One of the most important determining factors in the success of a crucial conversation is the ability to create safety. When you make it safe, you create an environment where it’s possible to talk to anyone about anything.
It’s a great concept, but how does this look in the real world?
Let me share a life-saving experience I had that illustrates this point.
After working several weeks in Bangladesh, I arrived at the airport, ready to go back home. As I entered the building, my heart sank. The airport was crammed with people, the computers were down, and the employees were scrambling. The lines stretched long and moved slow. I didn’t I had any chance of making my flight, but I got in line and started waiting.
About an hour later, when I started to believe I might actually make my flight, a woman came across the lobby with a cart loaded with luggage and pushed her way into the line a few people ahead of me. She didn’t know who she was messing with… and it wasn’t me.
While I felt irritated, the guy she cut directly in front of felt irate. He went ballistic.
“You get out of line!” he yelled.
She refused, “No! I have to get in line to make this flight! My kids are expecting me. Please, please!”
Again, he insisted, “Get out of line!” and then pushed her luggage cart.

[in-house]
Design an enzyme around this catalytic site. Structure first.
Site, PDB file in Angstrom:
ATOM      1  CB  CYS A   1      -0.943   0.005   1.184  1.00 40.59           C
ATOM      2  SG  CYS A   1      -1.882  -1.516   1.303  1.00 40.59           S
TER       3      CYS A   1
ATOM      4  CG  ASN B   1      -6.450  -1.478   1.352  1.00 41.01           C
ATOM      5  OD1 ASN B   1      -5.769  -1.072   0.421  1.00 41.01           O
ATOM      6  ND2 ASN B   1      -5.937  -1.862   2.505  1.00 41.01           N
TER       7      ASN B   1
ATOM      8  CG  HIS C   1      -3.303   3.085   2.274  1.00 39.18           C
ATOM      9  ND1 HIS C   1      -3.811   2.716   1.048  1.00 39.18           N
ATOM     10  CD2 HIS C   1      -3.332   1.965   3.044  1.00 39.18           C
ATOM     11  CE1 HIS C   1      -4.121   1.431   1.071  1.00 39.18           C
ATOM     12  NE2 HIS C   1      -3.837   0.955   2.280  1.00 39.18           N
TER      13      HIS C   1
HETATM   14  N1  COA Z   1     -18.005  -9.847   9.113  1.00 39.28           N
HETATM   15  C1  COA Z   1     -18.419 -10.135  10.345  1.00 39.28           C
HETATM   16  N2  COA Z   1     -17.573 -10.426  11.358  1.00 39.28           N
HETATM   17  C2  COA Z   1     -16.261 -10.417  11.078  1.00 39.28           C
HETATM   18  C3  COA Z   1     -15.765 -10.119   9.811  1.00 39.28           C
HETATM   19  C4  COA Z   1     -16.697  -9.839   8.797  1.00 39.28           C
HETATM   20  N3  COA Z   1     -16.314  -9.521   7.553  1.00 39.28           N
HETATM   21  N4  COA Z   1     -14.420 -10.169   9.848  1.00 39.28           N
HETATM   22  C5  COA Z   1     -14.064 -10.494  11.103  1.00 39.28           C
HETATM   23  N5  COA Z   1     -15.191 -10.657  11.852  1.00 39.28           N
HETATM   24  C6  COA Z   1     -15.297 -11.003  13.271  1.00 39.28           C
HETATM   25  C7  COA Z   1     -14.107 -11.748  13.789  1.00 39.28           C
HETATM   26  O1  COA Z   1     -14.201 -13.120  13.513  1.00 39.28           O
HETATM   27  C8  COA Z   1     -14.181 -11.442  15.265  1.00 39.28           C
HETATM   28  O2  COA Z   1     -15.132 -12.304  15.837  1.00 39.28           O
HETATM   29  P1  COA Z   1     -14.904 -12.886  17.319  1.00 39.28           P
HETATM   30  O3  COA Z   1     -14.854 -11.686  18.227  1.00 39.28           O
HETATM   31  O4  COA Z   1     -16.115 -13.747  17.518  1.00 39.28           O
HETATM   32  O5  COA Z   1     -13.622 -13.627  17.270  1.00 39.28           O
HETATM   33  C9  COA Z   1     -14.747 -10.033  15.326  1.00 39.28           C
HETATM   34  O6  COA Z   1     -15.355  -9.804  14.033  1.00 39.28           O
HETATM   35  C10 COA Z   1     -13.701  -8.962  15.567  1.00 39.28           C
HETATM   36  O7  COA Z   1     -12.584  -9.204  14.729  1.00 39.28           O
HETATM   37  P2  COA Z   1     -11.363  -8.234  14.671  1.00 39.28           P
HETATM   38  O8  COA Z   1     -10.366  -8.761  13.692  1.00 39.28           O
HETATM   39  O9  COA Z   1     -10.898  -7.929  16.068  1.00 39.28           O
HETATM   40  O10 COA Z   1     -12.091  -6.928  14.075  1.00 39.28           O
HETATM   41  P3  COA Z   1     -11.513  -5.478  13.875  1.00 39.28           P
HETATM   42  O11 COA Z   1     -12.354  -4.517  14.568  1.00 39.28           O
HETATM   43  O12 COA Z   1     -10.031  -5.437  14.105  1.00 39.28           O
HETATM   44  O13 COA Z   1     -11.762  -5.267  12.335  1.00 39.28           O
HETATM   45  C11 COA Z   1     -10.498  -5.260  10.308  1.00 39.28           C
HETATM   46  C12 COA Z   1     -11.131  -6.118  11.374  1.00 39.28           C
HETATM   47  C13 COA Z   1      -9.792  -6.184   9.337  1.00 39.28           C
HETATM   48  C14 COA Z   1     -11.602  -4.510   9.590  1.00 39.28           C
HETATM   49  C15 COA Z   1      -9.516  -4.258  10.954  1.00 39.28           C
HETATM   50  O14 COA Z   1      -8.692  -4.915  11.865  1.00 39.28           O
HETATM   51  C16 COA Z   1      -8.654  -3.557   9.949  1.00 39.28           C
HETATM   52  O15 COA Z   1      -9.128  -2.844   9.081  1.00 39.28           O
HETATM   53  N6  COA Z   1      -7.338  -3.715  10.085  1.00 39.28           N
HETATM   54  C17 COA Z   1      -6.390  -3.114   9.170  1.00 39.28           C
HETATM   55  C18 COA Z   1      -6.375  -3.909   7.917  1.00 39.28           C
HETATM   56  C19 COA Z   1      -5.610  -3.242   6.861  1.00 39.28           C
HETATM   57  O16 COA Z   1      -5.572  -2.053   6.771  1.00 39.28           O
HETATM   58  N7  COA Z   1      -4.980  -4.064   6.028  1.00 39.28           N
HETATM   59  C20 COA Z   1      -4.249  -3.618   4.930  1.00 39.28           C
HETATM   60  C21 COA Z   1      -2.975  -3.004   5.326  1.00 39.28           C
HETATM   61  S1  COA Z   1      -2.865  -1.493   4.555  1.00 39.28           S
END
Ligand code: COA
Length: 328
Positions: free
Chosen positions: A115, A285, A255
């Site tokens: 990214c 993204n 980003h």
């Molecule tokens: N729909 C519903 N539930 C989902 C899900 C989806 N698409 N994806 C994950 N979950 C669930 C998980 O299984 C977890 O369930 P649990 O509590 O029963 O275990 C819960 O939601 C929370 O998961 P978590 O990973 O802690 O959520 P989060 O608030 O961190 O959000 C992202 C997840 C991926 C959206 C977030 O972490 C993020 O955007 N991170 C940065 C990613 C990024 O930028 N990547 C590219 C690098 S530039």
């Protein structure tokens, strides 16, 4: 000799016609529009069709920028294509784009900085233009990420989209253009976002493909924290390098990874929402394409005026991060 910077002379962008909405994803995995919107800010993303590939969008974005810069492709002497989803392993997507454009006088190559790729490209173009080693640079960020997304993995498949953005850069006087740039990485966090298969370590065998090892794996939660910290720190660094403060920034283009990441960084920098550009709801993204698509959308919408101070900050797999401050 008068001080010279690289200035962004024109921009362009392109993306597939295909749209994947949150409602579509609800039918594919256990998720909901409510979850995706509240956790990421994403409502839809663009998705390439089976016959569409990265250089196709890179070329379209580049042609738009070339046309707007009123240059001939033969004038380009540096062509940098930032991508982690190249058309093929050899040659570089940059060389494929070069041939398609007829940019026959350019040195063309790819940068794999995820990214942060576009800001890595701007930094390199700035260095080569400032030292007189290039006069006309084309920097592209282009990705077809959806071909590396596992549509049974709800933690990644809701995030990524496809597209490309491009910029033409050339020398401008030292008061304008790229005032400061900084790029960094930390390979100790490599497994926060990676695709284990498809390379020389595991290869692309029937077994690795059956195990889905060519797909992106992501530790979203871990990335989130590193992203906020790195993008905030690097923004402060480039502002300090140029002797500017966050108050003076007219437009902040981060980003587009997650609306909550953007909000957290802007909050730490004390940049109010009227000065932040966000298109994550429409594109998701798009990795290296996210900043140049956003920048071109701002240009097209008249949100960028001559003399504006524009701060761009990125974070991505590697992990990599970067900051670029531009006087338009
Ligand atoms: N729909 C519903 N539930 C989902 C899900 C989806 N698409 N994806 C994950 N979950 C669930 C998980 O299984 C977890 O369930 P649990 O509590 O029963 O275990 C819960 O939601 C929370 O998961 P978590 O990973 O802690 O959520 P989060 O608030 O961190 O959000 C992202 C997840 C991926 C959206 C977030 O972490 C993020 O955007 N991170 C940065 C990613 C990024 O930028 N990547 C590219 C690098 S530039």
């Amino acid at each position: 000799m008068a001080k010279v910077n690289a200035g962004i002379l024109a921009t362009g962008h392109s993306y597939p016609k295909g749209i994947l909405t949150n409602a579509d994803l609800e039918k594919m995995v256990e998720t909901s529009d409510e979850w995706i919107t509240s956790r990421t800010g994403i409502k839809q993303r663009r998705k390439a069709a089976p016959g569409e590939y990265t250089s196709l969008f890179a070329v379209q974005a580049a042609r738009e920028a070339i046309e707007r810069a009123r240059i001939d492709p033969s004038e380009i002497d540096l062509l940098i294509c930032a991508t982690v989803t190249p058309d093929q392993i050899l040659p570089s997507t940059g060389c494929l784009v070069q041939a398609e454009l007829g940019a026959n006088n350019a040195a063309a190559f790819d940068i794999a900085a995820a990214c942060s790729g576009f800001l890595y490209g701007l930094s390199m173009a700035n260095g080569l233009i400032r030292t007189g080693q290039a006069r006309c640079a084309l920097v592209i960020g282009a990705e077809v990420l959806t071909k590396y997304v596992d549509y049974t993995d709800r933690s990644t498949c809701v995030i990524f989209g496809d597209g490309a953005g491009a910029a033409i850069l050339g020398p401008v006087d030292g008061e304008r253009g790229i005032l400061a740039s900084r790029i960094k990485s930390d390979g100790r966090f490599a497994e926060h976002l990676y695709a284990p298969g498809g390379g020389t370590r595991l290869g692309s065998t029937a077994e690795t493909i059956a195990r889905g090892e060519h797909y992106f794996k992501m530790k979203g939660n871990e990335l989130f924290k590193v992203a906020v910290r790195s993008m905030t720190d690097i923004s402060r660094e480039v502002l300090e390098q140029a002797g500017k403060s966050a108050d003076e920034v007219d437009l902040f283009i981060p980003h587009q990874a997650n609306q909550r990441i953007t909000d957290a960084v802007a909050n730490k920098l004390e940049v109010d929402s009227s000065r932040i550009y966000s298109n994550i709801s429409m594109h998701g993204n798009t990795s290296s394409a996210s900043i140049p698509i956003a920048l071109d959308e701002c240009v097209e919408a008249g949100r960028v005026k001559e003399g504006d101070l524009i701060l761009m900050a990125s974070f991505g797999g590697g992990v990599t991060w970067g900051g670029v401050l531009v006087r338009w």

She pushed back. He pushed back again and so on.
Finally, as the situation escalated to a peak, he shoved the cart aside, doubled his fist, and reared back to punch her.
Standing about five people back in line, I knew I had to get involved. In my panic, all I could think to do was jump between him and her. Bad idea.
The first look I saw on his face was confusion. But then, that confusion turned into white, hot rage. His eyes bugged out of his head and he clenched his fist even tighter.
What story was he telling himself about me? Now I was the bad guy.
As I stared at his bulging eyes and clenched fist, I knew it was time for a crucial conversation.
My question to you: What would you say first? You don’t have much time!
This is no different than when you need to confront a physician in a fast-paced, time-bound urgent situation. What do you say first?
Here’s what I said: “That was unfair for her to cut in front of you. She shouldn’t have done that. You’ve been standing here in line for over an hour and she got right in front of you. That’s not right and she shouldn’t be allowed to do that. I’ll help you solve the problem. We’ll get someone from the airport over here and we’ll work this out. It’ll be okay.”
What did I do? I created safety.
To feel psychologically safe, people need to know two things:
1. You care about their problem.
2. You care about them.
Once someone knows you care, they’ll let you say anything! This includes a doctor or peer you need to challenge about a diagnosis. If they feel safe, they’ll listen. They may not always agree, but they’ll listen. Safety paves the way for a crucial conversation.
An amazing thing happened once the man in the airport knew I cared. His hand went down. His faced turned back to normal.
And then I said, “And you don’t get to punch her, but we’re going to solve the problem.” And he was alright with that because he felt safe.
When people don’t feel safe in a conversation, they become silent or violent.